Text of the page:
Since the June 2012 ERO report, a new principal and deputy principal have been appointed. A focus on growing school leadership and professional practices, contributes to staffing stability and promotions. Community involvement and partnerships for learning are positive school features that are continuing to develop. Students and their families are well known. Their views are valued and responded to.

A recent review of the school values has resulted in five key areas under the TRIBE umbrella of: teamwork, respect, integrity, broad mindedness and excellence. These values serve to focus teaching and learning.

Teachers are extending the range of meaningful leadership experiences for students. Current strategic aims include increasing the integration of information and communication technologies (ICT), students’ role in learning and extending community partnerships. Positive developments are evident in these areas.

Korokoro School is one of the six local schools involved in the Seaview Learning and Change Network (LCN). Participation in regular LCN meetings and professional learning sessions has positively impacted on the school’s strategic direction and operations. Staff are also part of cluster of three nearby schools focused on improving mathematics teaching and learning for 2014 and 2015.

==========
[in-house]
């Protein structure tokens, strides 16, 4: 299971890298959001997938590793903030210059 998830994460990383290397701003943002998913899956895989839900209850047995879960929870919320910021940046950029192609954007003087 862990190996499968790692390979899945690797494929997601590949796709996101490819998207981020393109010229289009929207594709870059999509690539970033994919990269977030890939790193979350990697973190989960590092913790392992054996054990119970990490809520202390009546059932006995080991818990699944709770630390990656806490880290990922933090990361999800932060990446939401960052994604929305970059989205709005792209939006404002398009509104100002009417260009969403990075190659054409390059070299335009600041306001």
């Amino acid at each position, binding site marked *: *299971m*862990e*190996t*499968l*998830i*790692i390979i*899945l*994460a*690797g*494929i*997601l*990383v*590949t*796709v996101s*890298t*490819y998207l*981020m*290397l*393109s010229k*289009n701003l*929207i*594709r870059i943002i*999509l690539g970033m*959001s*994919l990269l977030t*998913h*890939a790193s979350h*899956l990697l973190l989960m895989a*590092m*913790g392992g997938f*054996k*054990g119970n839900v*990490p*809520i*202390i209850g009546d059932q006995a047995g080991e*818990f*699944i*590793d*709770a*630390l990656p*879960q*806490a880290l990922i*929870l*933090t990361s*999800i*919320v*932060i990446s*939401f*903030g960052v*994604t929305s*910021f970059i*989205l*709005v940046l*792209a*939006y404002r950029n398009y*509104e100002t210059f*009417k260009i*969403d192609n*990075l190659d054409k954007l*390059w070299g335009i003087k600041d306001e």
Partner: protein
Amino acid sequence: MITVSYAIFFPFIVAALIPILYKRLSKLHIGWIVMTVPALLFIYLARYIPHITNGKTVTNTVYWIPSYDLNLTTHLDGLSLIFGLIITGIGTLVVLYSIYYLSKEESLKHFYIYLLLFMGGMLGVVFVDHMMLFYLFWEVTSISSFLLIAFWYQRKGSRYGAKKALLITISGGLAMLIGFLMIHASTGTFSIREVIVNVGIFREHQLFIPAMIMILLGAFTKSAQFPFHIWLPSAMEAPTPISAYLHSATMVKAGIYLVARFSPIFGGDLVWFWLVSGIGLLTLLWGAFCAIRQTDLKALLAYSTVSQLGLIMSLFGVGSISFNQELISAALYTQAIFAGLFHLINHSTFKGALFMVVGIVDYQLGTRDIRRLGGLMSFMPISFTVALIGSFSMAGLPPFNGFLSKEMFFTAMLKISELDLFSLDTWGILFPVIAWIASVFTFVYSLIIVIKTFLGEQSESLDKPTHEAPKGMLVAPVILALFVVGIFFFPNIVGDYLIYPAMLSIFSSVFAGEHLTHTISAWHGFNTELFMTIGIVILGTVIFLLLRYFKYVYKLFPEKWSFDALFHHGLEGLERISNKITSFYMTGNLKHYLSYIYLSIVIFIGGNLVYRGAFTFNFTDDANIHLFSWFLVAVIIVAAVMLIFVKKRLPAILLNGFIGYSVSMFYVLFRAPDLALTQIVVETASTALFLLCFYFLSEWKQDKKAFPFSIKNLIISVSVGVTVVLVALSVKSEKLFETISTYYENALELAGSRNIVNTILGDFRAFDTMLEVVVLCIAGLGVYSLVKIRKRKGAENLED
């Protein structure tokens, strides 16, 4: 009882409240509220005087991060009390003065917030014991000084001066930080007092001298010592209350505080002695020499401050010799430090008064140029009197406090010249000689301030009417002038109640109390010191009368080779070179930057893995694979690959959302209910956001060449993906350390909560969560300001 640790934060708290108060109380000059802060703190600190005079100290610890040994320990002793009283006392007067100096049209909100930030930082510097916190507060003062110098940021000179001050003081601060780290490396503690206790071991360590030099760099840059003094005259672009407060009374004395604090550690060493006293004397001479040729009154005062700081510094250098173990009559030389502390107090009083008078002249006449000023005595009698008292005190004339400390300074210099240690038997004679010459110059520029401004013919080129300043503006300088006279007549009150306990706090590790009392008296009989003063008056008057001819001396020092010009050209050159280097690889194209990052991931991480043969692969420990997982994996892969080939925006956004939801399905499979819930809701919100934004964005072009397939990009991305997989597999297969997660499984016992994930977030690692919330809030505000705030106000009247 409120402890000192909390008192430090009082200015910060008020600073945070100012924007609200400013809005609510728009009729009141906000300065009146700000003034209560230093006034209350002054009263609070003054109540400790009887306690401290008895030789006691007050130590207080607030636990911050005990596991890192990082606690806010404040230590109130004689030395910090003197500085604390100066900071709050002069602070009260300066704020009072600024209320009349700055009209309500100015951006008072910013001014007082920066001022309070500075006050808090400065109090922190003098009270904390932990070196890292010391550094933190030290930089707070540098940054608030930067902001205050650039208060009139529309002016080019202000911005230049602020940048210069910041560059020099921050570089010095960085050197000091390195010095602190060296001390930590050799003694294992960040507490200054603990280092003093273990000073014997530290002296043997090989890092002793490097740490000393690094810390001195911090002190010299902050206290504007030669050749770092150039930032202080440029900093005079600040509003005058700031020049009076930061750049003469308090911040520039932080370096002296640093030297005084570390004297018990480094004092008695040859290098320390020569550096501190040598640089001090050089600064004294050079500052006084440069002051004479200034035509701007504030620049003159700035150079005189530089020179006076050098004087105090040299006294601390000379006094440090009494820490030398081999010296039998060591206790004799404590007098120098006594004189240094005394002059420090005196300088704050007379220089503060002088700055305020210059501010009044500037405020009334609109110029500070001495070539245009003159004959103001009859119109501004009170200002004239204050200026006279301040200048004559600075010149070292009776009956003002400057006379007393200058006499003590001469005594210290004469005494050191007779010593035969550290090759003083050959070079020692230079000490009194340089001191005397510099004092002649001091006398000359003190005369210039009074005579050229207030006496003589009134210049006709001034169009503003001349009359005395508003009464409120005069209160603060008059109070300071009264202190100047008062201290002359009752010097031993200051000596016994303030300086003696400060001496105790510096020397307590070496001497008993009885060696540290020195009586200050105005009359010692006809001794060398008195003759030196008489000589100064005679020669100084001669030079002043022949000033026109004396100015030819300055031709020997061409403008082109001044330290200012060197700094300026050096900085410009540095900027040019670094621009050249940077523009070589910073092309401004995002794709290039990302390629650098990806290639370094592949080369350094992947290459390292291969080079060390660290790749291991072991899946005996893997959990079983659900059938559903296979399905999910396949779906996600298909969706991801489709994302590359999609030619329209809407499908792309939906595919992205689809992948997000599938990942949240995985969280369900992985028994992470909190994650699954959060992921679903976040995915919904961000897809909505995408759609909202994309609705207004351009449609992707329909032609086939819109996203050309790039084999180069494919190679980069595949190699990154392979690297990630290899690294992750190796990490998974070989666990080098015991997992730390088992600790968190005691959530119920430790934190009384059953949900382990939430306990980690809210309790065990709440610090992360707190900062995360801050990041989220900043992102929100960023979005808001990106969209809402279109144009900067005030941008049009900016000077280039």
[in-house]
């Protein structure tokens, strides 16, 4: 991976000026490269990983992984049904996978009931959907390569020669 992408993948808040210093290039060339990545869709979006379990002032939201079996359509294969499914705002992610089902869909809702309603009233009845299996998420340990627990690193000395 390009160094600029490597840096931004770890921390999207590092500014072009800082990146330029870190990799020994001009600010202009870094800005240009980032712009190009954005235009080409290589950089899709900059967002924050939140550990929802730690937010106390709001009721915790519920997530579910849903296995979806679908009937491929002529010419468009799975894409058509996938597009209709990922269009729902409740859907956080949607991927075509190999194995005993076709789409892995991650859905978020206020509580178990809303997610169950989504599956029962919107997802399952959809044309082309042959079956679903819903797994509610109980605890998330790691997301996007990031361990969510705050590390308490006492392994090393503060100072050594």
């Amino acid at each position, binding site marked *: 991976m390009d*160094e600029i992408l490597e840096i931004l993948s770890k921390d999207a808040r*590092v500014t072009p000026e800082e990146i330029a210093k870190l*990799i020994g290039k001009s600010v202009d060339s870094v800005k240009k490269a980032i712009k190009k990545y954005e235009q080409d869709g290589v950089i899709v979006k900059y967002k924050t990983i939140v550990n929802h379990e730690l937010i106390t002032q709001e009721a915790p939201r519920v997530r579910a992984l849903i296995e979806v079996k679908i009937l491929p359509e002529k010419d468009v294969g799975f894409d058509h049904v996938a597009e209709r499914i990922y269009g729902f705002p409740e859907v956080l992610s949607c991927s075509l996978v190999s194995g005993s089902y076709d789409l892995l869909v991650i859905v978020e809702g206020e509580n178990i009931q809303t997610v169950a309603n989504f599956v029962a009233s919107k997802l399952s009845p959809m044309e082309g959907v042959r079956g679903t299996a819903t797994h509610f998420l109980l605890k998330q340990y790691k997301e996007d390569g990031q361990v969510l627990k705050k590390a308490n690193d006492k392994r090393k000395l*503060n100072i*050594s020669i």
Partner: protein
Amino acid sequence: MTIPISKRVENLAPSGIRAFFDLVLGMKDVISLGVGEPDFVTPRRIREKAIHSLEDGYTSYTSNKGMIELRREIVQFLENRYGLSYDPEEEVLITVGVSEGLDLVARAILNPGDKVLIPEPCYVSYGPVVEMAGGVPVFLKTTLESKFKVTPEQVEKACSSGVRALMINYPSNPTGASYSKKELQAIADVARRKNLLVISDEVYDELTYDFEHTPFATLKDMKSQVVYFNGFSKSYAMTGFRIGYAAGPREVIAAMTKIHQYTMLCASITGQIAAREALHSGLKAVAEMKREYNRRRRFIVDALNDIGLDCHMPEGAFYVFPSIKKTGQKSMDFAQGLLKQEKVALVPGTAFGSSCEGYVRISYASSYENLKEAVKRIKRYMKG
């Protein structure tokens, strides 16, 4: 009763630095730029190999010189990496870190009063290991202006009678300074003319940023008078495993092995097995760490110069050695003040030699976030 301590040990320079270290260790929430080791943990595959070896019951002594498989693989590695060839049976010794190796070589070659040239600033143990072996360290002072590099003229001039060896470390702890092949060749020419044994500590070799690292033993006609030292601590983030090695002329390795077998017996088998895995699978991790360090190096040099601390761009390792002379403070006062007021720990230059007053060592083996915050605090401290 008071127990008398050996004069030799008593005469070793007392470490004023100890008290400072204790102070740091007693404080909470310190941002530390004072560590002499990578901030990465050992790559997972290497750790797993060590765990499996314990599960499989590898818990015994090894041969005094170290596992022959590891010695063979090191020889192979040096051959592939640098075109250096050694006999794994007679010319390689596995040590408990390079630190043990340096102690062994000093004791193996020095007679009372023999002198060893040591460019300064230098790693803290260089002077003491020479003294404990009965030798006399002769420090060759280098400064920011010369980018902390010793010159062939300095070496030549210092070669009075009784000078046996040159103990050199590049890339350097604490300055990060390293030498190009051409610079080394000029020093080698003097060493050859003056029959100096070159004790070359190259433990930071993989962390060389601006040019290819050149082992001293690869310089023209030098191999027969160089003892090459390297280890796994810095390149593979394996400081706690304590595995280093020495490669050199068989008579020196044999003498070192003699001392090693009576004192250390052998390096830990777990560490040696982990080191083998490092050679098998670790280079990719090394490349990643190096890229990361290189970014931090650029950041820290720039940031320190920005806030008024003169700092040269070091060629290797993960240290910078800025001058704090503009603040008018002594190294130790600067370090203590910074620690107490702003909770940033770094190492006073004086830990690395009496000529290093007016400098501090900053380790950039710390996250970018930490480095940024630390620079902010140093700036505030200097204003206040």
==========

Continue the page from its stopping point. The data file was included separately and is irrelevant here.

2 Learning

How well does this school use achievement information to make positive changes to learners’ engagement, progress and achievement?

Teachers are using achievement information more effectively to accelerate the progress of learners who require additional support. Improved processes for identifying, planning and monitoring are in place.

Parents receive clear information about how they can assist their children at home. New ways for collecting and responding to parents’ views and aspirations are increasing teachers’ knowledge about each student’s strengths and next steps. Teachers value better information sharing that enhances their knowledge of learners and their families.

Student achievement in writing lifted during 2014, as a result of actions taken to support a school improvement target. Teachers identified students not at the National Standard and considered the effectiveness of their teaching strategies.

The 2015 target and action plan is building on the successful approaches developed. All students who need extra help in writing are part of the school improvement goal for 2015. Students not yet at the National Standard are closely monitored by teachers. Parents and students are well informed and involved in these processes.